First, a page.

Hold Steady, no matter what

Collins is a Times staff writer.

When the Hold Steady was recording its fourth album, “Stay Positive,” the band members wanted to put some harpsichord lines on one track. But with harpsichords being in short supply these days, the Brooklyn-based indie rock outfit was forced to improvise. Specifically, keyboardist Franz Nicolay sneaked into a music room at Sarah Lawrence College with the help of a friendly accomplice. It was an inside job.

“He knew someone there that kind of unlocked the door for him,” Hold Steady frontman Craig Finn recalled in a phone interview last week from Seattle, another stop on the group’s 19-city co-headlining tour with alt-country cult favorites Drive-By Truckers. The bands close the tour tonight at the Wiltern in Los Angeles. “He went up there on kind of a covert mission with one of the engineers. You know, the mobile unit.”

Such an unauthorized expedition could -- and possibly will -- form the basis of a Hold Steady song, where humor and a lively sense of infraction often meet. With its 2006 critical breakthrough disc, the Springsteen-esque “Boys and Girls in America,” the band became known for stompy, tightly packaged roots rock with a literate edge, what Bob Seger might have sounded like if he had spent a lot of time in graduate-level English seminars.


Finn looks at “Stay Positive” -- and, yes, feel free to take that title as ironic -- as a natural progression, musically.

“Every time we make a record, it’s to do something that’s just more musical, and [it’s] more paying attention, listening more, when we’re playing,” he said. “I say that because only one of us, Franz, is a trained musician. So, there’s stuff like, say, using a harpsichord or maybe [me] singing a little more on the new record, things that I’m not sure we’d have [had] the confidence to do on the first three records. It’s just kind of trying to do something more musical and more ambitious each time, whatever shape that takes.”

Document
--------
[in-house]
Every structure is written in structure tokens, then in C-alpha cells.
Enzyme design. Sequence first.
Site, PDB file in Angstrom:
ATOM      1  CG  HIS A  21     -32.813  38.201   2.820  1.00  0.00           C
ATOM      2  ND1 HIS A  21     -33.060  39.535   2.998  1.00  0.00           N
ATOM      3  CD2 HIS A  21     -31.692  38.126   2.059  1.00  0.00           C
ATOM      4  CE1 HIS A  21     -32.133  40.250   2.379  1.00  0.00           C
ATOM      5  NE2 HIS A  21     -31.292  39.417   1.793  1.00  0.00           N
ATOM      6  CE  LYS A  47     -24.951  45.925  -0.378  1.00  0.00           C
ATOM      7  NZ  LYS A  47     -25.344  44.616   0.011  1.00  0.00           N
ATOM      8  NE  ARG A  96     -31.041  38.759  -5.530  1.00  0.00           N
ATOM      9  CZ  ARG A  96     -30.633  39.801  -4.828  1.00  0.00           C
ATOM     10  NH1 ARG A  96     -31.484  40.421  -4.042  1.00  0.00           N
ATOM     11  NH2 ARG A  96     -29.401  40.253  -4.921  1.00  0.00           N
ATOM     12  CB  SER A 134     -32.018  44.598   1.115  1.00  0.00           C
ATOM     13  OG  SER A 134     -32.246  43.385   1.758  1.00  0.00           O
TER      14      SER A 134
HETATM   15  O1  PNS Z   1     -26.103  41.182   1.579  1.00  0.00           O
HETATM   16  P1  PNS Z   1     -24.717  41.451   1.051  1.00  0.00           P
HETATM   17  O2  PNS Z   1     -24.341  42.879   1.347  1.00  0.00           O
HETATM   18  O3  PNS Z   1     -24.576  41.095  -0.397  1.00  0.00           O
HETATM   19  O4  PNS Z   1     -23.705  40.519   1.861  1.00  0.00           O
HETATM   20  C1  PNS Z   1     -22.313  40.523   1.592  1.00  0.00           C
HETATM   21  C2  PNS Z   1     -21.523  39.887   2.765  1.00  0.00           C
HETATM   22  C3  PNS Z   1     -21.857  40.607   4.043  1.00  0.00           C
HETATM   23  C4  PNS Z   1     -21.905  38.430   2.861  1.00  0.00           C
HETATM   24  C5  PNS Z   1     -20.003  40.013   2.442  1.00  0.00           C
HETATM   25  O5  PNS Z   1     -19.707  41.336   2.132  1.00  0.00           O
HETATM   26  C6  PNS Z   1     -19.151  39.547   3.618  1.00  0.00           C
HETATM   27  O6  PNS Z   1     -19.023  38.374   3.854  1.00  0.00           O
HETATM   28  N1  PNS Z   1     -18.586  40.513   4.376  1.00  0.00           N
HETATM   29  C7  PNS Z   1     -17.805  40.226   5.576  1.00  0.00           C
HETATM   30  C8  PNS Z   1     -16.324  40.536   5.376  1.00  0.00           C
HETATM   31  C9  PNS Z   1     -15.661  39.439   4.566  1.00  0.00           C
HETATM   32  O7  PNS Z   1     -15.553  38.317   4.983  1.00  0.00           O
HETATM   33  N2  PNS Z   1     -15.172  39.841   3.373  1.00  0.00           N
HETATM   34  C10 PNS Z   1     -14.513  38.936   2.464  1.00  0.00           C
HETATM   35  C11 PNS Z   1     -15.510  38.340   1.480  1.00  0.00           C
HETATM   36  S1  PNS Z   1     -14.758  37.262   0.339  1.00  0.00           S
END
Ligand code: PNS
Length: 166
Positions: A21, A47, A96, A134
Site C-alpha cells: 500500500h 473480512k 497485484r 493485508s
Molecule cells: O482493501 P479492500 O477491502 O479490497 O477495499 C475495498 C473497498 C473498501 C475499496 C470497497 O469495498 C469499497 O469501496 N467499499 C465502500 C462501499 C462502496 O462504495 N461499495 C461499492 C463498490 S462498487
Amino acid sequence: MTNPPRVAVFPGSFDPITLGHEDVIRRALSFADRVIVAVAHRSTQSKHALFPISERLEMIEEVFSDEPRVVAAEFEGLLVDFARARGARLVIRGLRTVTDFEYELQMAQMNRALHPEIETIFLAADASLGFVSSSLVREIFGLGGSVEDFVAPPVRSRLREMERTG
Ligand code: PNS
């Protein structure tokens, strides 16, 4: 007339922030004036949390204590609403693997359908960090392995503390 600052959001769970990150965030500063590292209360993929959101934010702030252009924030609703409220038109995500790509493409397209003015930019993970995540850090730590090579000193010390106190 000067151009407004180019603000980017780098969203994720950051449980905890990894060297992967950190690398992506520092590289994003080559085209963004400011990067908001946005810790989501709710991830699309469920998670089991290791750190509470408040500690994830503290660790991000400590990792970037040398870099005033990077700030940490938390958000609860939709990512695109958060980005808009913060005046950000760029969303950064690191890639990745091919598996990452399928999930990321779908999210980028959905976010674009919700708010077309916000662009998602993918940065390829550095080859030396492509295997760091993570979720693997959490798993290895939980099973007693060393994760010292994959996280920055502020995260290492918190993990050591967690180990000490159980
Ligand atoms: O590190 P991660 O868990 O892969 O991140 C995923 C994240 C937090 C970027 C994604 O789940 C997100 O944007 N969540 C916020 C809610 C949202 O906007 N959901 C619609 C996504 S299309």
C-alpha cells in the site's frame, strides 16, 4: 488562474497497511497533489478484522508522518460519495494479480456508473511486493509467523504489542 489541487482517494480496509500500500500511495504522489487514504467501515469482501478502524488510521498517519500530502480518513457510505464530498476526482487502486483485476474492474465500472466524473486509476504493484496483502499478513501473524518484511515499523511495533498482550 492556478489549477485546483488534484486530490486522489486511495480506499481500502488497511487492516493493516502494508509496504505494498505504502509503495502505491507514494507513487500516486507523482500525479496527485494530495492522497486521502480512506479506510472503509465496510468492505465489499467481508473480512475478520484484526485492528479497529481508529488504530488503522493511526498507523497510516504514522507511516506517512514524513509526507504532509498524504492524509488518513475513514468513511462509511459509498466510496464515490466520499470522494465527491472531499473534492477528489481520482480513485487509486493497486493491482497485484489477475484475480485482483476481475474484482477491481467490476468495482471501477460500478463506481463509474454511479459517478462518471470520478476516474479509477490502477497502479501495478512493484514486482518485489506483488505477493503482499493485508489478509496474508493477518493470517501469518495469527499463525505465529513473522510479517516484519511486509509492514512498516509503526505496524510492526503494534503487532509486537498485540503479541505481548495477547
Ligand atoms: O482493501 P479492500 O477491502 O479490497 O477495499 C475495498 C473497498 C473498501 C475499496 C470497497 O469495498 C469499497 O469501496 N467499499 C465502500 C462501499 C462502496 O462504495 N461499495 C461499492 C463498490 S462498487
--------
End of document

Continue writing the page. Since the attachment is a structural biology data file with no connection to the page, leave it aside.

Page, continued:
So on “One for the Cutters” -- an allusion to the 1979 film “Breaking Away,” about teenage bicyclists coming of age in Indiana -- the decision to use the harpsichord evolved out of what Finn understood as the song’s dark undercurrents about class conflict. “The tone of the song had a little spookiness to it, had sort of ‘The Addams Family’ vibe,” he said.

Lyrically, Finn, a Minneapolis native and veteran of the Twin Cities’ thriving alt-rock scene, remains devoted to creating an ambitious, wry and densely layered take on American 21st century life -- and one that rewards repeated listenings. Which explains why Hold Steady fans can be particularly obsessive.

The new track “Lord I’m Discouraged,” for instance, is ostensibly about losing faith in a loved one’s ability to overcome substance abuse. Only the truly dedicated will realize the title was lifted from an old tune by Delta bluesman Charlie Patton.

“It’s kind of like different parts of the story are revealed at different times,” Finn said of each record. “It’s a conscious thing. In some ways it’s intended to reward the closest listeners. The people who listen to records 75 times and say, ‘God, I didn’t pick up on that before. That’s a reference to this other song on this other record.’ It’s supposed to have these layers that lead to intrigue.”




The Hold Steady/Drive-By Truckers

Where: The Wiltern, 3790 Wilshire Blvd., Los Angeles

When: 9 tonight

Price: $25

Contact: (213) 388-1400